Nectar’s On: drinking in the Solstice

The joyous rituals of Litha (Midsummer) celebrate the verdant Earthin high summer, abundance, fertility, and all the riches of Nature in full bloom.  This is a madcap time of strong magic and empowerment…  At Midsummer, the veils between the worlds are thin; the portals between “the fields we know” and the worlds beyond stand open. This is an excellent time for rites of divination. The Litha Sabbat is a time to celebrate both work and leisure, it is a time for children and childlike play. It is a time to celebrate the ending of the waxing year and the beginning of the waning year, in preparation for the harvest to come.

– Salem Nightshade  (

You do not need to know precisely what is happening, or exactly where it is all going. What you need is to recognize the possibilities and challenges offered by the present moment, and to embrace them with courage, faith, and hope.

-Thomas Merton

There is only one of you in all time, this expression is unique. And if you block it, it will never exist through any other medium and it will be lost.

—Martha Graham

You might recall, a few blog posts back, my mentioning, ‘beekeeping…’

Lauren bedecked in bee suit

Yep!  That’s me in my bee suit.  My friend, Frances, and I installed our bees in a freshly-painted hive at the end of April. 

Bee installation

Since then, the colony that began as around 3,000 has steadily increased; conservatively, there are about 10,000 bees now, building comb and making honey. 

Liberating the Queen, welcoming her to her hive

But this blog isn’t about bees.  And thank goodness, because I have so much to learn!  For       example, when we first introduced the bees to their new home in Frances’ backyard, we were instructed to feed them sugar syrup, to fuel their efforts.  Then, a few weeks ago, new terminology appeared in our instructions: “Nectar’s on!”  At this point in the summer season, we learned, the bees are ready to go it alone and flower foraging is prime: the, nectar is, “on.”

Got it!  And the bees get it, too – they’re a flurry of activity at the hive’s door, defending the entrance with special bee dances, feeding their queen, creating their comb, tending their brood, discovering new nectar sources, making honey….  They’re dazzling, really.  And I find myself thinking about them multiple times a week.  And, even though this blog isn’t about them specifically, when it comes to tending our own impulses and inspirations this Summer Solstice, I think we’d be wise to take our clues from these buzzing beauties.

What do I mean?

I mean that consciously, or unconsciously we (in the Northern Hemisphere), have arrived in a wonderfully creative season, the longest days of the year.  Our nectar’s on, so to speak, and it’s a time for exuberant experimentation.  With the sun at its zenith, the time is right for growing our seedling ideas into standing-their-own-ground actions.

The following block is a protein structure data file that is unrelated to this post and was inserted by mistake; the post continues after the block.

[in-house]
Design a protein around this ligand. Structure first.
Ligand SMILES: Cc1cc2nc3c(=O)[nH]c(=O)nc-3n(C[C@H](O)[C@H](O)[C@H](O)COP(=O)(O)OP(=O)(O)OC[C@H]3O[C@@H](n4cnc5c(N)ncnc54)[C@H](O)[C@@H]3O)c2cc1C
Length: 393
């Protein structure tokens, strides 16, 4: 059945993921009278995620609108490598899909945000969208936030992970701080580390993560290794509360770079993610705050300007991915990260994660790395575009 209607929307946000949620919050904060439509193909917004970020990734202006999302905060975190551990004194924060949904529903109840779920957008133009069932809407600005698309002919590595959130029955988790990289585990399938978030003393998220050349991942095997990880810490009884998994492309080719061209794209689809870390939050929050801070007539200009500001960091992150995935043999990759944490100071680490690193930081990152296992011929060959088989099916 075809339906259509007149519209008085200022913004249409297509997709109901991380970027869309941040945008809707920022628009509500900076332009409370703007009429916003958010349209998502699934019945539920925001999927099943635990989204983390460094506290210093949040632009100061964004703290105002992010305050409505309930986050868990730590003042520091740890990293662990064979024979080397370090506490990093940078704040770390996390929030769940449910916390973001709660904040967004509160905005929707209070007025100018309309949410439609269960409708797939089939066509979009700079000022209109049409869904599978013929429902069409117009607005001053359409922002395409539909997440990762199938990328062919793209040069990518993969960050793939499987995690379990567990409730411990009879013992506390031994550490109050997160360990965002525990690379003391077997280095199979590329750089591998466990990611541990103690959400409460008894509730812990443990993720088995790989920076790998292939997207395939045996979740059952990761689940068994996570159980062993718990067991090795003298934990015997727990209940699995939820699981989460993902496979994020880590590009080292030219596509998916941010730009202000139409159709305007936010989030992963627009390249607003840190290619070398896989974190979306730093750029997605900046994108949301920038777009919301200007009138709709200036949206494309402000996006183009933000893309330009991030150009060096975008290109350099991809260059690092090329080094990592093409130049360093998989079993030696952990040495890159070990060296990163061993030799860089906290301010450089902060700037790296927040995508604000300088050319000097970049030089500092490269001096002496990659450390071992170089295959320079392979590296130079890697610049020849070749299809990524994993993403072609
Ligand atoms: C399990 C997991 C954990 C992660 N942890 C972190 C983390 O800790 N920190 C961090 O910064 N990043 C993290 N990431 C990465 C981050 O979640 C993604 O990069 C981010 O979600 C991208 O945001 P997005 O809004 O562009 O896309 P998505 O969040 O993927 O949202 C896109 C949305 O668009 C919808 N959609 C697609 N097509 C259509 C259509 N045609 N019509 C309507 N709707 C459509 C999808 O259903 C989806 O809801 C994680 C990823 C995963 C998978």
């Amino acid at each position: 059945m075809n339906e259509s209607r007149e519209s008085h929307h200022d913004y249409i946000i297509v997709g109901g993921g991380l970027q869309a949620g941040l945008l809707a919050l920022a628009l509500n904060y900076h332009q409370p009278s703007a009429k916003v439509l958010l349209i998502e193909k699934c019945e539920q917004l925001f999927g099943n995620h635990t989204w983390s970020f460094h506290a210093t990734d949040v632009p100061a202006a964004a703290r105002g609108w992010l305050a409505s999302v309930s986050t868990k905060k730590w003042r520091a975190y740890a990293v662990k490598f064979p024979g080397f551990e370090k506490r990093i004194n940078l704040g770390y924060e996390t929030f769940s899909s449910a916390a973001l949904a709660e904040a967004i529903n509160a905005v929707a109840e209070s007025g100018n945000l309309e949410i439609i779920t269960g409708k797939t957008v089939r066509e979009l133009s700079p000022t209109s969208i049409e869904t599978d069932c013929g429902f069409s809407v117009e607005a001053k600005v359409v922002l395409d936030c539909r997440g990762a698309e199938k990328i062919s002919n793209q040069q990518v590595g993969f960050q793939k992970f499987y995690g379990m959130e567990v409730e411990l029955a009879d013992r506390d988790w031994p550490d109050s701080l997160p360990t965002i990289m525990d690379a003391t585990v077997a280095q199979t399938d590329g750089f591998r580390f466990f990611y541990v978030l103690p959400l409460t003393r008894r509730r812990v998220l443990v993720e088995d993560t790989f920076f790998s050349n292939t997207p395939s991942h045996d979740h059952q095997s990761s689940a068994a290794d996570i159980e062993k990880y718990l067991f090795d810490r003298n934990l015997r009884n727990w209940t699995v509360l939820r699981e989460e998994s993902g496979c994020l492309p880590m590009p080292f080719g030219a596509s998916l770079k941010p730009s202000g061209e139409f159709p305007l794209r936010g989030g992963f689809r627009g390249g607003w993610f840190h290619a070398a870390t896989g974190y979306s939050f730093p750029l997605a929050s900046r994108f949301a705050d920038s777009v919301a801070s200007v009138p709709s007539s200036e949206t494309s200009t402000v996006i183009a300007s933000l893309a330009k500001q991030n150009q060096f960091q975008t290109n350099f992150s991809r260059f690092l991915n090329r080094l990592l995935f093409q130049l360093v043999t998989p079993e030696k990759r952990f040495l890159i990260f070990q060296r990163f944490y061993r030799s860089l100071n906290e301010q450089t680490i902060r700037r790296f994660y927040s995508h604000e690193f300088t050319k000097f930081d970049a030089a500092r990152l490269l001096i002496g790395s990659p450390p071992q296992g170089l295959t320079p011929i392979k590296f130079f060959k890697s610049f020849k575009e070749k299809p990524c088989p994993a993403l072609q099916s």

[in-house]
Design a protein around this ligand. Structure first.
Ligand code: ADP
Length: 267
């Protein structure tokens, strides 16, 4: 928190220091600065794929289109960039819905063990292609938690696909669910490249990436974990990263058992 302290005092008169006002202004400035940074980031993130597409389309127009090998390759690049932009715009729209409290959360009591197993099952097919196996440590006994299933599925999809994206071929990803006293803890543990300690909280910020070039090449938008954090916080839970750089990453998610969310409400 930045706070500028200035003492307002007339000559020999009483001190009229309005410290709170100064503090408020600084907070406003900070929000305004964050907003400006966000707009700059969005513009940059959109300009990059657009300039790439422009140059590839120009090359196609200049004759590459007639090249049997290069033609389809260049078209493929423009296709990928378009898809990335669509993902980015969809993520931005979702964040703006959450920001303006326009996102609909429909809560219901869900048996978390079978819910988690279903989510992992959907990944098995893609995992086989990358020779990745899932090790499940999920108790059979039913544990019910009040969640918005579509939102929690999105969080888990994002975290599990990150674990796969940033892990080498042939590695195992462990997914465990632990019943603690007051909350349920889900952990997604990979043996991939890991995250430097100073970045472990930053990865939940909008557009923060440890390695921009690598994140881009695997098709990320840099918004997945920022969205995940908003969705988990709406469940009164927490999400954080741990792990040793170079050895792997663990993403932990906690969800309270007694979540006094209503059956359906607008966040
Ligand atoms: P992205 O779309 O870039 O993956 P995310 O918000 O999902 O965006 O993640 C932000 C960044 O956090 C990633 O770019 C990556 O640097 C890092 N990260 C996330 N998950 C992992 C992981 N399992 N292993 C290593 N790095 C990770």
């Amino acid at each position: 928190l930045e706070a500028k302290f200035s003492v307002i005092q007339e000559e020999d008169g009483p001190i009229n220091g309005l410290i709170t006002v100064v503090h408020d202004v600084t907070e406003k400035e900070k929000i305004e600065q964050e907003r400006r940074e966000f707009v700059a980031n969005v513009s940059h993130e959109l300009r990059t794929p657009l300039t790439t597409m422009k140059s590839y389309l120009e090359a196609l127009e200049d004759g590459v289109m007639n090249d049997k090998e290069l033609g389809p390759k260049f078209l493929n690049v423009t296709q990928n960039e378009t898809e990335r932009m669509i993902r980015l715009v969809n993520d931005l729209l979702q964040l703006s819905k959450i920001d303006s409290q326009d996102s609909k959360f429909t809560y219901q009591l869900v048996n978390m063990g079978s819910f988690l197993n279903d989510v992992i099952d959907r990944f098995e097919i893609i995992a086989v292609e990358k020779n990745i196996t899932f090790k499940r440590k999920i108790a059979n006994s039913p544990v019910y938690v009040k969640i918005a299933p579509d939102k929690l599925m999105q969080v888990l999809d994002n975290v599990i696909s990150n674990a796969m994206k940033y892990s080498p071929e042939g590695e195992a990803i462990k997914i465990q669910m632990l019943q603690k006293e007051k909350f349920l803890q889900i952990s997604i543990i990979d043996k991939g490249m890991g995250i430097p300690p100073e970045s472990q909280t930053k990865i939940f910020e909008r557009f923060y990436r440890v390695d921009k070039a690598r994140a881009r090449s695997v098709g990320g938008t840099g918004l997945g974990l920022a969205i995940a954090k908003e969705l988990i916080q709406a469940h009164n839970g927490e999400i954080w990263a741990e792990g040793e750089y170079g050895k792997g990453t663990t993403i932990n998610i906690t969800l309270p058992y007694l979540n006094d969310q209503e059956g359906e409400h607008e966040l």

As documented in ancient day rituals, Greek theatre, famous operas, and Woody Allen films, zany-cuckoo things happen on the Solstice.

Getting zany in the rainforest

This season pushes us to unfold our own myth, to invite an adventure with our muse.  It does this with relaxed urgency.

Relaxed urgency? Effortless compulsion?  It’s the energy we exude when we can’t not do something.  It’s not frenetic, it just happens, an outpouring of attraction.  There’s  no stopping the watermelon from expanding on its vine, and the bees – though we call them ‘busy’ – are wonderfully instinctive, simply doing what they love: feeding on nectar and attending their Queen.

And here’s where creativity becomes even more brilliant!  Devoted and determined, the bees drink from the blossoms of strawberries, almonds, onions, broccoli, tangerines, coconuts, carrots, grapes…on and on.  We can offer unending gratitude in response, because their nectar fascination becomes cross-pollination, a divinely creative act on which our very lives depend.

And so I’m wondering, in this blog that’s not about bees, how we can be more like them?  How might our everyday creations — those things we do because we feel the impulse, a loving need —  how might those acts fuel the life unfolding for the rest of us?  My heart dizzies at the thought.

So, in these days of Solstice Sunlight, be a bee!

  • Create, improvise, play!  Refrain from censoring yourself.
  • Employ relaxed urgency.  Move toward what you love, and let yourself be moved.
  • Know that what you create sustains yourself, and therefore others.
  • And finally, if things get a little wild, a little silly, a little – oh my goodness! – FUN, then blame it on the nectar –Shakespeare did!

Create and make merry…like our very lives depend on it.  Indeed, they do!